Letter from Theodore M. Bayless to Victor A. McKusick
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1971-02-12 (February 12, 1971)
Bayless, Theodore M.
Johns Hopkins University. School of Medicine
McKusick, Victor A.
Original Repository: Alan Mason Chesney Medical Archives. Victor Almon McKusick Collection
Reproduced with permission of Theodore M. Bayless.
Medical Subject Headings (MeSH):
The Bar Harbor Course and "McKusick's Catalog," 1960-1980
February 12, 1971
Re: Fourth annual conference on clinical delineation of birth defects, June, 1971
Dear Dr. McKusick:
I will be pleased to participate in your conference.
You had asked for suggestions as to topics or participants for the area of digestive and absorptive functions of the GI tract
such as alterations in the digestive ability of the small intestine mucosa. You are covering this with the disaccharidase
deficiencies. Some interests in this area include fetal development and changes in lactase levels after birth as well as the
prevalence in adults. There is also some
recently accumulating information on peptidase deficiencies and defects in amino acid absorption. Along the lines of absorptive
defects, the glucose-galactose malabsorption is an excellent example. In terms of defects in mucosal synthesis, a-Beta lipoproteinemia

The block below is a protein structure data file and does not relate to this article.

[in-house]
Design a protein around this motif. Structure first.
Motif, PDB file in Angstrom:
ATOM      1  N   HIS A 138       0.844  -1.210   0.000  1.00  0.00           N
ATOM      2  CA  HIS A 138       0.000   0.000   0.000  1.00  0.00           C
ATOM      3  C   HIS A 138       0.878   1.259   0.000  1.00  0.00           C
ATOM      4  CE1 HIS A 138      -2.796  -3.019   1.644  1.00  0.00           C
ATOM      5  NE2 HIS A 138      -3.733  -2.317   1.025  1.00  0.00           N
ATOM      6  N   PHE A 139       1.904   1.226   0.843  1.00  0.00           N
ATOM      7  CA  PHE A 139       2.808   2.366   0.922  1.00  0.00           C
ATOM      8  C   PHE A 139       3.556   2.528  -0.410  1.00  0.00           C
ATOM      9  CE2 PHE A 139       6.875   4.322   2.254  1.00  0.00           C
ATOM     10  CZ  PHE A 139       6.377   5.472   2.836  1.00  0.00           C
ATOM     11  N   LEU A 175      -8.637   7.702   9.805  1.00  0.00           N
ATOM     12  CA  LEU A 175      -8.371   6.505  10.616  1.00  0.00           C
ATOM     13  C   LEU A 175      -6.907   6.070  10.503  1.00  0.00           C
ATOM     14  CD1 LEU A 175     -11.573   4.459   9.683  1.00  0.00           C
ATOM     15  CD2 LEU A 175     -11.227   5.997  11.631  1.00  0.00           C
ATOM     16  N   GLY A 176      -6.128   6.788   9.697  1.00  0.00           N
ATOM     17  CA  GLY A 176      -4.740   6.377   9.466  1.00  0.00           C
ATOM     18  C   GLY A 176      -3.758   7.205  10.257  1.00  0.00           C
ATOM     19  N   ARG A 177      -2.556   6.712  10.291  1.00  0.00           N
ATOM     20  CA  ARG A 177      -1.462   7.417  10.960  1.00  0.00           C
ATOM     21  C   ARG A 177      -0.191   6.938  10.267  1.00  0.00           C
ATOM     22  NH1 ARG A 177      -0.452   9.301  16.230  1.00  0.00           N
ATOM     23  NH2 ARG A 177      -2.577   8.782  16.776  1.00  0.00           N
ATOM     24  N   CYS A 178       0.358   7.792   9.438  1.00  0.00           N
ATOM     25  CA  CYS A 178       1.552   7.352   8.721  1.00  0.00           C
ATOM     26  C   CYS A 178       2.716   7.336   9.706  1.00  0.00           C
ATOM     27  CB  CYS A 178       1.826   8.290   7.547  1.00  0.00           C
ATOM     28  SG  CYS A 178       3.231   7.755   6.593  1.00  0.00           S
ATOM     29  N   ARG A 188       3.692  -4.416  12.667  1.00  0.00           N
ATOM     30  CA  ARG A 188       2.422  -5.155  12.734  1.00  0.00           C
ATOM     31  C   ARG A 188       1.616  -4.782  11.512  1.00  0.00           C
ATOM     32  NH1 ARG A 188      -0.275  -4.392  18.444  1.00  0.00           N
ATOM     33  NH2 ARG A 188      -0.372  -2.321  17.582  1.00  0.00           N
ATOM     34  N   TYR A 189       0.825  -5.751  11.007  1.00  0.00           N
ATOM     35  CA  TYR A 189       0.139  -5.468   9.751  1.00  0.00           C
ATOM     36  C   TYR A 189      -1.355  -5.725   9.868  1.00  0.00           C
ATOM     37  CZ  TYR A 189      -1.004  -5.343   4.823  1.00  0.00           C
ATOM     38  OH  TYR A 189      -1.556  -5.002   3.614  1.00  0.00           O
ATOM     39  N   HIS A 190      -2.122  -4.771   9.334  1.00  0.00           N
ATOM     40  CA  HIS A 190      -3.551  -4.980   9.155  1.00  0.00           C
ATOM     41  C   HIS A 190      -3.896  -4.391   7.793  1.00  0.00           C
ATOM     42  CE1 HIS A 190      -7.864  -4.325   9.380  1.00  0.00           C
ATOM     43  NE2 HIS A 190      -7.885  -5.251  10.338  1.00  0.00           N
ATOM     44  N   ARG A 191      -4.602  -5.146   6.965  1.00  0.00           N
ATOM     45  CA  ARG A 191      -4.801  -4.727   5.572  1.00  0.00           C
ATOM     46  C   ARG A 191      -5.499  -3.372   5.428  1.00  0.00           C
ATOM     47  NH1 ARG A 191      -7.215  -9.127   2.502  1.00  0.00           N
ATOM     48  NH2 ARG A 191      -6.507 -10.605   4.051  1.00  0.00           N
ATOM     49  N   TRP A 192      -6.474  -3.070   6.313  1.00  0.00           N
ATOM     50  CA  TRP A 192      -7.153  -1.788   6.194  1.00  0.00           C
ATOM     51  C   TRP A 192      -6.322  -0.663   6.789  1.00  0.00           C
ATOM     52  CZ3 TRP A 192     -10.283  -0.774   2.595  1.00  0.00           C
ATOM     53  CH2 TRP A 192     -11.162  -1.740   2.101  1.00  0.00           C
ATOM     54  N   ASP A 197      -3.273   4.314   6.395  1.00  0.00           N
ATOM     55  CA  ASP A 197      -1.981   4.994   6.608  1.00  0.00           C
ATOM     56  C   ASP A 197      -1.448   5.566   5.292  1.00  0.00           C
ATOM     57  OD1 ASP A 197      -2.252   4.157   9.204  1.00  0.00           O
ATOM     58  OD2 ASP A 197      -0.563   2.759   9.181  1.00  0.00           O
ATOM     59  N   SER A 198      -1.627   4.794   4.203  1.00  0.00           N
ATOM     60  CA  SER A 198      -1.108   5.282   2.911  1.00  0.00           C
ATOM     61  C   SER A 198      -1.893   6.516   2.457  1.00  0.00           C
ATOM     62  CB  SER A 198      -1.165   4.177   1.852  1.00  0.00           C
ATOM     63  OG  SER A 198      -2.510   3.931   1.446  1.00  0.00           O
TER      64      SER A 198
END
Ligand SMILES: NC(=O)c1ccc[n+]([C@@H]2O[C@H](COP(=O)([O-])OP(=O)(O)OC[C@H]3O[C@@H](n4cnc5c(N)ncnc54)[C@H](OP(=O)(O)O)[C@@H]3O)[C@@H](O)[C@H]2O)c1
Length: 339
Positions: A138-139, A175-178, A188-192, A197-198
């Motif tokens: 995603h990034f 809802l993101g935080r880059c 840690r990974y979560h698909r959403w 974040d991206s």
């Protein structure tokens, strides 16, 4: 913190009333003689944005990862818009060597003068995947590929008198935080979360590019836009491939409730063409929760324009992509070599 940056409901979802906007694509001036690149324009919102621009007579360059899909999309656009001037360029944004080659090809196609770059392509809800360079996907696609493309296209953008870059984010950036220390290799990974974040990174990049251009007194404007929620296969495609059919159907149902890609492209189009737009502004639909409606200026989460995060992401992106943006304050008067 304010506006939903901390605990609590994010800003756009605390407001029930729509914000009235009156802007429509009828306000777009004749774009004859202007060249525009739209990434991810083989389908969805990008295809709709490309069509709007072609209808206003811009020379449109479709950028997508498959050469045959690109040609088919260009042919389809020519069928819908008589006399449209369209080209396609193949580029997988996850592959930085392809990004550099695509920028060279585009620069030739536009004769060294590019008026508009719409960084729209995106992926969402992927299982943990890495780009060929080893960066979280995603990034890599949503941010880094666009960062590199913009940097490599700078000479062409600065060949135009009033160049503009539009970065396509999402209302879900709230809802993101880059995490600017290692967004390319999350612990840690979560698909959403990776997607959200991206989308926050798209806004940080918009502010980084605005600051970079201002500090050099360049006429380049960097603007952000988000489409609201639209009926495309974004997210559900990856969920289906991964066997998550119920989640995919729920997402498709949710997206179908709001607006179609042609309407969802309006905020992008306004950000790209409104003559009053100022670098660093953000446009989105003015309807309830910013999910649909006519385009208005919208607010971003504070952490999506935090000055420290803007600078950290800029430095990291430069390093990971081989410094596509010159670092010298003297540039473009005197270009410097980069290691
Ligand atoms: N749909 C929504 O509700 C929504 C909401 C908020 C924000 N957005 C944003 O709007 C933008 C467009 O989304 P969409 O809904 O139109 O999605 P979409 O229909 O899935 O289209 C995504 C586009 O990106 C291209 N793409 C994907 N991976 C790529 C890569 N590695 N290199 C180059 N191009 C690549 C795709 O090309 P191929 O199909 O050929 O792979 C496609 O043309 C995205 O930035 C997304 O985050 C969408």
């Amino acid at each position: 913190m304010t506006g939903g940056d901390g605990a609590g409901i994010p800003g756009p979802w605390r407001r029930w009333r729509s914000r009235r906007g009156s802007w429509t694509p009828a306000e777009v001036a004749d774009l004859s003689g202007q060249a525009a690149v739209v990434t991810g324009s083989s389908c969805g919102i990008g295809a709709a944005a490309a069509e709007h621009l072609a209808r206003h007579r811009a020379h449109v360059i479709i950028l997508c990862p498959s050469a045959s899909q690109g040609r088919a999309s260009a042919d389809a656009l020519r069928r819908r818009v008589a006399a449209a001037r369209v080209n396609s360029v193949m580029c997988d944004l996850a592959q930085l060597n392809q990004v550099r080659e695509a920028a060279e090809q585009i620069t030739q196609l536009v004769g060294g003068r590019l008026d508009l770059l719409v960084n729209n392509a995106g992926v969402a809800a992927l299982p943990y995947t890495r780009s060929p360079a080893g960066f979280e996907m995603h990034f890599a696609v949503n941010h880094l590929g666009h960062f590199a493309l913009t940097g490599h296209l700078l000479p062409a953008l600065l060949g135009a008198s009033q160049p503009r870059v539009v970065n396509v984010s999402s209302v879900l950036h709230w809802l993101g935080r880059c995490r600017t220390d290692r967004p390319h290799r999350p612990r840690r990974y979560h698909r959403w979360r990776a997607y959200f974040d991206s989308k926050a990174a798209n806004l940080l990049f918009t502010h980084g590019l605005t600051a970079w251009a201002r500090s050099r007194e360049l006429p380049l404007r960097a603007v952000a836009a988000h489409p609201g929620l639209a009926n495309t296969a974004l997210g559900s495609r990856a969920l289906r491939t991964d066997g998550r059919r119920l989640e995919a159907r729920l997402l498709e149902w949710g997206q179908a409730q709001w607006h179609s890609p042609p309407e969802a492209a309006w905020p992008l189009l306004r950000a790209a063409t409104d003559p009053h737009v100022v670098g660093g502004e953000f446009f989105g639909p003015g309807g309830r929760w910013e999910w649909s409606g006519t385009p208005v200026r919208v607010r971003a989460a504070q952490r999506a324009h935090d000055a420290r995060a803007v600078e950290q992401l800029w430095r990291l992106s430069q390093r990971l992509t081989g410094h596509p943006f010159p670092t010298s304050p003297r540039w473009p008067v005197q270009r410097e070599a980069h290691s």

is a good example. If you wish I could certainly cover all of these topics. Another area would be familial chloridorrhea.
These patients are unable to reabsorb chloride and have a severe diarrhea and electrolyte inbalance. In terms of the pancreas,
there are some children with hereditary pancreatitis and some with absence of the pancreas. I think that this could easily
be covered by your cystic fibrosis people. The area of the development of the stomach is being explored by Dr. Julius Deren
of the University of Pennsylvania. There are no major clinical problems that come to mind, so this area is probably not vital.
It could also be covered very briefly in a discussion of the small bowel development.
Dr. Deren is also interested in the small bowel. There are a number of other people who could easily speak on the small bowel,
but I think that most of this could be included in the talk on disaccharidases.
As I'm writing this, I wonder if celiac disease should not be mentioned because this certainly seems to be an inherited
disorder and the defect is probably present at birth, but does not become clinically apparent until the child is about 8 months
of age when he begins to consume large amounts of wheat, rye and oats. The current going thoughts are that this might be due
to a peptidase deficiency and inadequate digestion of some of the wheat and peptides. This has not been proven
but it does make a nice story. Obviously Tom Hendrix or I could talk about this. Dr. Dowd Kowlessar-Jefferson in Philadelphia
is extremely interested in the peptide but has been unable to come up with a specific peptidase deficiency at this time.
Pardon my rambling. I hope this is of some help to you.